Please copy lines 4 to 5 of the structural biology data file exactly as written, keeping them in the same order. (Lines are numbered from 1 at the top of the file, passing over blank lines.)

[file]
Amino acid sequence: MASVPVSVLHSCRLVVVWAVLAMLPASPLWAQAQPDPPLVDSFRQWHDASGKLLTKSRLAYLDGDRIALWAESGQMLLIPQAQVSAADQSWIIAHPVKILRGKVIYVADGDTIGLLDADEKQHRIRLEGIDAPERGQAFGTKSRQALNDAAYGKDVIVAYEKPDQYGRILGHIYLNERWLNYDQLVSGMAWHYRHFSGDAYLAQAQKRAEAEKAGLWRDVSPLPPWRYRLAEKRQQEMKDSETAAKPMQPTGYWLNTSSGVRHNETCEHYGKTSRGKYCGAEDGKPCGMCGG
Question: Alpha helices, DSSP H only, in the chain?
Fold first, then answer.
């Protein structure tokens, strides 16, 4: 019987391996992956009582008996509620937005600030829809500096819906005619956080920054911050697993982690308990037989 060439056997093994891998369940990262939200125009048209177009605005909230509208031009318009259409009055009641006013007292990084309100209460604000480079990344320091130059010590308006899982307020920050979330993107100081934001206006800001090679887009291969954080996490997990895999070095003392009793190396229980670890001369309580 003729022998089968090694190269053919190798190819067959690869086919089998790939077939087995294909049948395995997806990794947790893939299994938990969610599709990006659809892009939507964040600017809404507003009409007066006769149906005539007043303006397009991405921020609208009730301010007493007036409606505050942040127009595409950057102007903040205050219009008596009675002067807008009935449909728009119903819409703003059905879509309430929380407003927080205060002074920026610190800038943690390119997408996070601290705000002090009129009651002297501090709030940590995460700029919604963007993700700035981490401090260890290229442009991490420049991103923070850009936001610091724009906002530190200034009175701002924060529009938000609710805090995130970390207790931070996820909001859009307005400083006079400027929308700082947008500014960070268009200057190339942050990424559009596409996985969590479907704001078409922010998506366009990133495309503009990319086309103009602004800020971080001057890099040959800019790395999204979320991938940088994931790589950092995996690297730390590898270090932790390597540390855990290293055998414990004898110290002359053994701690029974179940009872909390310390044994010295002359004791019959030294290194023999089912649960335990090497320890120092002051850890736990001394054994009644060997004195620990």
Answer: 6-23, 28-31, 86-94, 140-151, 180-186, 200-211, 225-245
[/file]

């Protein structure tokens, strides 16, 4: 019987391996992956009582008996509620937005600030829809500096819906005619956080920054911050697993982690308990037989 060439056997093994891998369940990262939200125009048209177009605005909230509208031009318009259409009055009641006013007292990084309100209460604000480079990344320091130059010590308006899982307020920050979330993107100081934001206006800001090679887009291969954080996490997990895999070095003392009793190396229980670890001369309580 003729022998089968090694190269053919190798190819067959690869086919089998790939077939087995294909049948395995997806990794947790893939299994938990969610599709990006659809892009939507964040600017809404507003009409007066006769149906005539007043303006397009991405921020609208009730301010007493007036409606505050942040127009595409950057102007903040205050219009008596009675002067807008009935449909728009119903819409703003059905879509309430929380407003927080205060002074920026610190800038943690390119997408996070601290705000002090009129009651002297501090709030940590995460700029919604963007993700700035981490401090260890290229442009991490420049991103923070850009936001610091724009906002530190200034009175701002924060529009938000609710805090995130970390207790931070996820909001859009307005400083006079400027929308700082947008500014960070268009200057190339942050990424559009596409996985969590479907704001078409922010998506366009990133495309503009990319086309103009602004800020971080001057890099040959800019790395999204979320991938940088994931790589950092995996690297730390590898270090932790390597540390855990290293055998414990004898110290002359053994701690029974179940009872909390310390044994010295002359004791019959030294290194023999089912649960335990090497320890120092002051850890736990001394054994009644060997004195620990």
Answer: 6-23, 28-31, 86-94, 140-151, 180-186, 200-211, 225-245